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Danni’s Top Japanese Food Recommendations

Japan is a country teeming with all sorts of unique foods for you to try. If you’re ever planning a trip to Japan, or are near a place that serves Japanese food, then the foodie in you should try them out. Here are some recommendations.

1.Sushi

sushi@tomysushi
sushi@davidcavaro

Let’s start with the one everyone knows, but may have misconceptions about. Sushi, which roughly translates to sour rice, is made with vinegar rice, and combined with different ingredients, including veggies, seafood, meat, fruit, and more. People get quite creative with what kinds of sushi they serve. One misconception is that it’s all raw fish, and the idea of raw fish may turn off some people. While there are many types of sushi that are prepared with raw fish, you can easily find others made from cooked fish, or another type of meat. If you’re still skeptical, find a sushi restaurant near you. They should serve a variety of sushi, and we bet you’ll find a type that suits you.

Sushi is said to originate in southeast Asia. Fish used to be fermented using rice, and the rice was discarded. Then, one day, someone had the idea to eat the rice as well. It evolved after that, with the rice becoming vinegar, different ingredients being added to the mix, and it soon evolved into the modern form we see today.

2.Ramen

ramen@cy_eats
ramen@ke1k06

You’ve probably had some instant ramen before, and while it helped you while you were poor, this cheap substitute is no match for real ramen. In Japan, as well as places in the US, ramen restaurants are an experience. In Japan, every ramen shop you go to has its own unique take on the dish. It consists of noodles, a flavored broth, and different ingredients such as pork, egg, vegetables, and anything else you can think of. It’s simple, yet allows for all sorts of varieties.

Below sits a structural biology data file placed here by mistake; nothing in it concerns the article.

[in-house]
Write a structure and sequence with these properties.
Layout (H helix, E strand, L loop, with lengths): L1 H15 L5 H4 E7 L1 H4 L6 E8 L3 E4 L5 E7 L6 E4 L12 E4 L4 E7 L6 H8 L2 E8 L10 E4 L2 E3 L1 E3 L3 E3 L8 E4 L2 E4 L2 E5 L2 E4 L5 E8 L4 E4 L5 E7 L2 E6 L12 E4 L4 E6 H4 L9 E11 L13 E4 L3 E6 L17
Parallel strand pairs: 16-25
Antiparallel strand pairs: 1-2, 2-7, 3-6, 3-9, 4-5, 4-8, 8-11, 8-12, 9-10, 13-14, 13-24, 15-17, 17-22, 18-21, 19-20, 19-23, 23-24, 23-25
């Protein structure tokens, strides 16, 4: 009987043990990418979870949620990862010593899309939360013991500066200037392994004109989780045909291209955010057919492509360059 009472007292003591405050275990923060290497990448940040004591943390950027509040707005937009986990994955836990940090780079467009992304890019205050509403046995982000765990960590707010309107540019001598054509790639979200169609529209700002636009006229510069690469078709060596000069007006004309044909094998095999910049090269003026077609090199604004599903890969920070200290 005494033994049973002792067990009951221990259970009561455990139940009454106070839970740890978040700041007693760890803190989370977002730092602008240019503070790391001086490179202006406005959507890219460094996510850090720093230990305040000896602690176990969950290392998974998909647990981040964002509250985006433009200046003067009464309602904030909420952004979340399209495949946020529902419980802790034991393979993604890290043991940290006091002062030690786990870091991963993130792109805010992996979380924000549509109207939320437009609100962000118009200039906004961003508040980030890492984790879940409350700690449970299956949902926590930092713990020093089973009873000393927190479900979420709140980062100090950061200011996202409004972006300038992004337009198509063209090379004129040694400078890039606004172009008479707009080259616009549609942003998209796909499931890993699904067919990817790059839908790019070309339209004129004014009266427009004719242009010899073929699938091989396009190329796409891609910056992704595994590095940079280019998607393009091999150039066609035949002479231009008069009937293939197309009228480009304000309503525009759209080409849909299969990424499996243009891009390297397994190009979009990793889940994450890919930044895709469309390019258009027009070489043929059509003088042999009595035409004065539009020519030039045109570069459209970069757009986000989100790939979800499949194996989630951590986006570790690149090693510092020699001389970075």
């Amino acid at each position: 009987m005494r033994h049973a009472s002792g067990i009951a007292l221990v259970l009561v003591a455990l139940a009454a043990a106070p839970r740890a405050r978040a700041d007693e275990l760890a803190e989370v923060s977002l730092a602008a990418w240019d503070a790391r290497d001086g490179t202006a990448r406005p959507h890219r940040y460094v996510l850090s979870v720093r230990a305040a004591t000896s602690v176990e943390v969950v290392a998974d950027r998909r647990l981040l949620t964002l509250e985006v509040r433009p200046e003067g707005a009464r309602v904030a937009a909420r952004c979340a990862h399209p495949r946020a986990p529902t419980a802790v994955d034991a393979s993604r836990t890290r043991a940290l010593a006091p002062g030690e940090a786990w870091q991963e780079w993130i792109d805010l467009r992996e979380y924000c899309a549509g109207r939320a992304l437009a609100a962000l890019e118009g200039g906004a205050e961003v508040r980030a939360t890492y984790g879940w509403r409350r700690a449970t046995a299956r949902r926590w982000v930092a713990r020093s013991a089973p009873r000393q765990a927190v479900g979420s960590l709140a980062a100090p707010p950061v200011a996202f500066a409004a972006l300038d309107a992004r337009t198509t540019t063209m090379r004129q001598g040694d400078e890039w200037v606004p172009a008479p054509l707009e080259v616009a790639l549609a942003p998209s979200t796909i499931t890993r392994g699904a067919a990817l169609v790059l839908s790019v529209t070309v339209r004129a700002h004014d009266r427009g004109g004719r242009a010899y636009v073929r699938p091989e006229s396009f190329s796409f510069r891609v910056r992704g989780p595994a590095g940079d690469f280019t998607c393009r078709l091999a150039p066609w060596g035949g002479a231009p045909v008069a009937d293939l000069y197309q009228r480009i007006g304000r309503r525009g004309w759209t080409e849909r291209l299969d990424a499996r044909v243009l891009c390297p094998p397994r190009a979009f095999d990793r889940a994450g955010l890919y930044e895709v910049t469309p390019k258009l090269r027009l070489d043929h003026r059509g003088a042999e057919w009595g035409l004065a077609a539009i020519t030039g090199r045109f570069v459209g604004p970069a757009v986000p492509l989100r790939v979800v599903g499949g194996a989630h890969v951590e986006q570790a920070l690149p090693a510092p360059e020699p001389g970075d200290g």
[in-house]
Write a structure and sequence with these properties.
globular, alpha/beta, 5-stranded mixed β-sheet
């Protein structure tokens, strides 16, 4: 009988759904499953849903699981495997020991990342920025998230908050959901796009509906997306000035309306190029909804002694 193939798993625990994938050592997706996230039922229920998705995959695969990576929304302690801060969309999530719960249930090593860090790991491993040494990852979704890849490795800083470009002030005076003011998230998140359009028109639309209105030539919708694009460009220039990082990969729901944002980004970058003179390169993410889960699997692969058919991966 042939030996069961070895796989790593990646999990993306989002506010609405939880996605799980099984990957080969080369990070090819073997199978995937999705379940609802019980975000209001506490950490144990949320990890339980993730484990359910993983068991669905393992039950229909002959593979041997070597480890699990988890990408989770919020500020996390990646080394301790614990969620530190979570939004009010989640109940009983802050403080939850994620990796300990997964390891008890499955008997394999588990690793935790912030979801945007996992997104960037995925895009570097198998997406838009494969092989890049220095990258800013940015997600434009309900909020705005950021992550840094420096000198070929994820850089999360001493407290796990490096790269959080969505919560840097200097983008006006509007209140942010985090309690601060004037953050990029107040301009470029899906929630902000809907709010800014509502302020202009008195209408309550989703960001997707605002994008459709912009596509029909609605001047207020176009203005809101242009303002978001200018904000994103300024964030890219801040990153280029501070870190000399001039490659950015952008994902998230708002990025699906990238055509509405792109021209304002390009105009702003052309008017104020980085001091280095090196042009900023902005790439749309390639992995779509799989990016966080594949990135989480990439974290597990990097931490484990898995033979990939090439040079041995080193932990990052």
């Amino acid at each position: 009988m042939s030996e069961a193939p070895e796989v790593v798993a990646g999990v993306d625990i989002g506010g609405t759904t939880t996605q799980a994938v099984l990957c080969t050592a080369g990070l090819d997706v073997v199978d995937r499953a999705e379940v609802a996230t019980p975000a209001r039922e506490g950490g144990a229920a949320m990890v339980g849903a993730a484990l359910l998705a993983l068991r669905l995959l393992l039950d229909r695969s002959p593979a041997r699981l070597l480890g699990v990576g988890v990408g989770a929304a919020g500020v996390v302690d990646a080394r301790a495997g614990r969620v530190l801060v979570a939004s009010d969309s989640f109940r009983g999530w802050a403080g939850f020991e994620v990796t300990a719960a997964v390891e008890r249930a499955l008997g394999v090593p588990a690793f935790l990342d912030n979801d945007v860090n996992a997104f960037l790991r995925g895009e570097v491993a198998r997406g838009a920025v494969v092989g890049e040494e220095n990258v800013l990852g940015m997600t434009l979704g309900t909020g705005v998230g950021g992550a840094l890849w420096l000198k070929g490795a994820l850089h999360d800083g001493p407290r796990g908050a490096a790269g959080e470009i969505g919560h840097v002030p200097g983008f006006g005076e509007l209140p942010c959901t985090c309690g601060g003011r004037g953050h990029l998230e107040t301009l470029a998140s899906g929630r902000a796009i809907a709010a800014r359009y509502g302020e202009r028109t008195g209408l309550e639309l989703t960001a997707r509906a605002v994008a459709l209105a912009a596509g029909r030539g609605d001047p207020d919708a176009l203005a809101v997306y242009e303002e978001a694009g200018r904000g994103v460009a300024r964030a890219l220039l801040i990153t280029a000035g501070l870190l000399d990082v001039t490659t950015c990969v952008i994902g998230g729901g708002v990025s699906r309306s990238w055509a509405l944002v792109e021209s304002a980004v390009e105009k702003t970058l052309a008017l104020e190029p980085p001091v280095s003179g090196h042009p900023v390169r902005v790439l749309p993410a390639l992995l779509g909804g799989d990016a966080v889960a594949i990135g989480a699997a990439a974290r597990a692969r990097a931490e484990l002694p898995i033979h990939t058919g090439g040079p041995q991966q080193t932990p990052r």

Ramen’s origin is debated. Some say it comes from Japan, while others say it originated in China. Regardless of its place of origin, it’s associated with Japan nowadays, and is one big food to try if you haven’t.

3.Dorayaki

dorayaki@afrogirl69
dorayaki@miho2_fr

If you want some dessert, you can’t go wrong with dorayaki. This is a favorite all across the country, and it’s easy to see why. It consists of two flour patties, usually shaped like pancakes, and there is a red bean paste filling inside of them. It’s quite delicious, and worth a try. The modern form of dorayaki has been around since 1914, and shows no sign of stopping.

3.Mochi

@mochi_doki
@mochi_doki

Mochi is another dessert that is unique to Japan. It’s served around new year’s time, but you can also find it any other day you want. It’s a rice cake, and it comes in all sorts of unique flavors, colors, and shapes. You can get it in ball form, in cake form, and more. Also, try mochi ice cream. These are mochi balls with ice cream filling, usually consisting of Japan’s unique ice cream flavors, such as red bean or green tea. However, there are more recognizable ice cream flavors as well, such as chocolate.

Mochi’s exact origin is unknown, with many stories dedicated to its creation. It has been around for well over 1,000 years, though. Mochi ice cream is a little more modern, to say the least. It was created by Frances Hashimoto, a Japanese American businesswoman. It’s quite difficult to make, but oh so tasty. You can find it in various stores, including Whole Foods.